The Rise Of The Independent Worker: The Employee Viewpoint
By Rudy Karsan
What does this increasing trend mean to an independent employee? It basically changes the paradigm very dramatically. With the rise of the independent worker and the decline of the full-time employee, any vestiges of somebody else managing your career is becoming less and less likely, and the responsibility of the individual in this regard is increasing.
In the past, most people would make the decision to work independently based on the job family they were in. They would approach a company where they thought they wanted to work, their application would get accepted, they’d join, as the months and years elapsed they would look around for more opportunities, they would get headhunted, or they would continue with the same company, get promoted, and follow a career path. in this scenario, there was considerable responsibility on the part of the organization to create the path in order to recruit individuals. And, historically, organizations have pushed back the responsibility back on the shoulders of the individual. For example, in the US, the death of defined benefit pension plans where the employer was responsible for the pension plan, at a certain level of monthly income, changed to defined contribution pension plans and 401(k) plans in the private sector, where the employer would finance a portion of the savings required for retirement but the overall income stream for the individual’s retirement years is now the responsibility of the employee and not that of the employer. So these plans have a level of portability to them, you can move them from one employer to the next, you can move it into your own individual retirement account, and the like. Similarly, the responsibility the organization used to have for the career path of individuals is slowly fading and the responsibility of managing one’s own career has fallen back to the individual rather than being an organizational responsibility. And so, first and foremost, the traditional full-time employee needs to go through a mental shift that entails understanding the employer is not responsible for their career.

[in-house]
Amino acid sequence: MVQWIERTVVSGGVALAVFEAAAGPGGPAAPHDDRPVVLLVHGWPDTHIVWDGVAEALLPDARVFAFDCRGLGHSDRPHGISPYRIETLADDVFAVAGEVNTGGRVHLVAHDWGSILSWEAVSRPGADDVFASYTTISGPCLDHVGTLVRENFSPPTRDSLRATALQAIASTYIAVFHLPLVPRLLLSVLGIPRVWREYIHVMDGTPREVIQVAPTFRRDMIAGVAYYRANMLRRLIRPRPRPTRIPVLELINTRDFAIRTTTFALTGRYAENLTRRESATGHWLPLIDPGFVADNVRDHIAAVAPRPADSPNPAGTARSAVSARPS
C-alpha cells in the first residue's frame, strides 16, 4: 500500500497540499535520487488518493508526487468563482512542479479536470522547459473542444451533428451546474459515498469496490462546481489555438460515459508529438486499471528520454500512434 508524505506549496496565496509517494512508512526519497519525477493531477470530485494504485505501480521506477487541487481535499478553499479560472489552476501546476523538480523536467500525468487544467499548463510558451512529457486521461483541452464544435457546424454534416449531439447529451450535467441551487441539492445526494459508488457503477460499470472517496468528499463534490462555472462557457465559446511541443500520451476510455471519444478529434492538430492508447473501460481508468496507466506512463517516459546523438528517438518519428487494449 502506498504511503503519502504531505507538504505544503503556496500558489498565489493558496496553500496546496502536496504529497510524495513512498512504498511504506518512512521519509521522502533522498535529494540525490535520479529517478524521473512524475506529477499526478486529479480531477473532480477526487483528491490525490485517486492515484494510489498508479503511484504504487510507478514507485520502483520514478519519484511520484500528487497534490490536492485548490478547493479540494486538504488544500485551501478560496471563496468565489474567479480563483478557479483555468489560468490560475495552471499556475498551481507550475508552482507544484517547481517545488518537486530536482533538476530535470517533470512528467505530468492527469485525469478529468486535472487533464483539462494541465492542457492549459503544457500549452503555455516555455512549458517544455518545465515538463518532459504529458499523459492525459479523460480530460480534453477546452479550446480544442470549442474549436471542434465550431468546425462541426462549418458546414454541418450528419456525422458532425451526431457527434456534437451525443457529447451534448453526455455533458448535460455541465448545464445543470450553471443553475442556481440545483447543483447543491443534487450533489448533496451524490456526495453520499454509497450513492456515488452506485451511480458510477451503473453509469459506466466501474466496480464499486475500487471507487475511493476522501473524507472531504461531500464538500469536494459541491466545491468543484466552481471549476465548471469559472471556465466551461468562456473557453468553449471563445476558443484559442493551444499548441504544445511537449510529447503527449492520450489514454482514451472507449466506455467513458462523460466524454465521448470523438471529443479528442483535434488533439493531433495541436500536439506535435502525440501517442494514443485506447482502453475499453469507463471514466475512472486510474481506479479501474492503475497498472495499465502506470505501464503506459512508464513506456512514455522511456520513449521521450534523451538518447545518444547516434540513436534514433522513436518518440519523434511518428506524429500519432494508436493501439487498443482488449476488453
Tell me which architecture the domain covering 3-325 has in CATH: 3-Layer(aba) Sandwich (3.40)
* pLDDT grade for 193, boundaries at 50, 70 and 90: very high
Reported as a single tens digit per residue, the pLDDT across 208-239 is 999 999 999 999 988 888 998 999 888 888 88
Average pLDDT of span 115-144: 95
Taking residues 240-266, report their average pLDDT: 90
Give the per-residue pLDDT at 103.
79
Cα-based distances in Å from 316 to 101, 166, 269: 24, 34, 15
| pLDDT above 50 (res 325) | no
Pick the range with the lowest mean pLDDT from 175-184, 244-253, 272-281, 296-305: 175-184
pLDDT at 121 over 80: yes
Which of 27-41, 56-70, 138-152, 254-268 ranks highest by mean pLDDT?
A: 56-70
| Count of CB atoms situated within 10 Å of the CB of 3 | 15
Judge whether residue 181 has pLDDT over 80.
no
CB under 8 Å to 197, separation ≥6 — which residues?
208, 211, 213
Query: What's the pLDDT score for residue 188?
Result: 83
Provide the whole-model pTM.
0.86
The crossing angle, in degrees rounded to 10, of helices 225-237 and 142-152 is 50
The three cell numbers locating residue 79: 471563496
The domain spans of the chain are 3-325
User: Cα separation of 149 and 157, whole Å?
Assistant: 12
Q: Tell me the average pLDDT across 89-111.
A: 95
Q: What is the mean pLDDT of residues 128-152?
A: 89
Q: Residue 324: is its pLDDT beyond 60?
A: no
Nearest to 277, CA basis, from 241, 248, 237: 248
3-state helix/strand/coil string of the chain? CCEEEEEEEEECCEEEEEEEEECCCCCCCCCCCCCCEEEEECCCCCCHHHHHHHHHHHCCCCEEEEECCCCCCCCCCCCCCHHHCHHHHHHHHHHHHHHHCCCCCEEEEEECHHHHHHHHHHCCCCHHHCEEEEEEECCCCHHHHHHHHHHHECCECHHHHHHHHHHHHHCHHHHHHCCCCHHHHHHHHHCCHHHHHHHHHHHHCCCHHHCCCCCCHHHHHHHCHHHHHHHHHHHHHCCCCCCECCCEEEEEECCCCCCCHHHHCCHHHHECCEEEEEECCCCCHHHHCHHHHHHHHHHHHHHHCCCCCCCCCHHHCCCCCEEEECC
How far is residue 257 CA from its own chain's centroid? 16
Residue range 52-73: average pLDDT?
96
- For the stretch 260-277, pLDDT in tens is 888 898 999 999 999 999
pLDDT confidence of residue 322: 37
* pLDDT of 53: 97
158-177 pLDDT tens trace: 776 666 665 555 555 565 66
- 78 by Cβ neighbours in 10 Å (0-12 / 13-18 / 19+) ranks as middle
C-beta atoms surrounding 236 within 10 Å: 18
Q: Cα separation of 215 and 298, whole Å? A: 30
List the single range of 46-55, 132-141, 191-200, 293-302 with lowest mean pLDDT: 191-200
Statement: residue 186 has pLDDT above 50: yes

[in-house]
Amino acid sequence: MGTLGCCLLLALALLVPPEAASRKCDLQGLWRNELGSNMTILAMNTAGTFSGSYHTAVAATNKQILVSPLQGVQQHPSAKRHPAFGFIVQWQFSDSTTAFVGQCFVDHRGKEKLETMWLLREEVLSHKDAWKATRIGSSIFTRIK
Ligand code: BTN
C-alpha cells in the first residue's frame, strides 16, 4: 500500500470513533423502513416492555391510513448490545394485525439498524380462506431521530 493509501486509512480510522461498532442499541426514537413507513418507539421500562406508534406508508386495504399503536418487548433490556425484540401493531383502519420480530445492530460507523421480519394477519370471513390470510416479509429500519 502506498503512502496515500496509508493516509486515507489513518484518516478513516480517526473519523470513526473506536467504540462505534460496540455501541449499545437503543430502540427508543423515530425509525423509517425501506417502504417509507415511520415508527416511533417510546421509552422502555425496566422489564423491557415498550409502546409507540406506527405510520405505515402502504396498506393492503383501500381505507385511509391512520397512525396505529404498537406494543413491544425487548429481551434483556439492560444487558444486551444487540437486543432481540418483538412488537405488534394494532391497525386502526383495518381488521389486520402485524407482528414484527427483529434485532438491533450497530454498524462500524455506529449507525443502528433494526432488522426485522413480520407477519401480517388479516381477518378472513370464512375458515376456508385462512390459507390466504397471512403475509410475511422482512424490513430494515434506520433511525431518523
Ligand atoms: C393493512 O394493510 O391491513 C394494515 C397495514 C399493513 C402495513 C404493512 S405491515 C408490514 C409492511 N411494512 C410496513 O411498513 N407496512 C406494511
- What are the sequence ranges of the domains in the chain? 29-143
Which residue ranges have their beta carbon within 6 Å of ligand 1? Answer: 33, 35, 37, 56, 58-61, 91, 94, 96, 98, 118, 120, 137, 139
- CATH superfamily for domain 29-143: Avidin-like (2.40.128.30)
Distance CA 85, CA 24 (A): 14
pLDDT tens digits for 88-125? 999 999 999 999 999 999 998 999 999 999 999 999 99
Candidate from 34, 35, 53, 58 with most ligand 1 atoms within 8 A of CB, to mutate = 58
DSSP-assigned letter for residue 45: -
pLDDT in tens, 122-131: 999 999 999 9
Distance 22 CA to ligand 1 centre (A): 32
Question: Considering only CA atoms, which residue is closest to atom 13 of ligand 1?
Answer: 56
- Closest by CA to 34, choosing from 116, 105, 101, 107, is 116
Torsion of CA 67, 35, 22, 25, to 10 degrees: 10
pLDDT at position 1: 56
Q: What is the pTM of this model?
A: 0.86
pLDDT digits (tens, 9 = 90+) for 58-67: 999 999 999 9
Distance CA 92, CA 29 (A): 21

The employer spend toward career management will reduce, and just as in the past the employer funded the defined contribution plan and the annual income at time of retirement is now the responsibility of the employee, now the employer will provide tools and platforms like human capital management and social platforms to equip the employee with the tools with which they can manage their careers. However, they will not manage the careers for the individuals.
So, given this, employees need to think about the skills they need to be able to manage those careers in an optimal manner.
Companies with highly engaged employees not only see higher customer satisfaction, they also outperform organizations with low levels of employee engagement on a whole range of financial metrics. But employee engagement is complex and takes many contexts. That’s why we want to give you an inside look on the research we’ve conducted around employee engagement.
blog comments powered by Disqus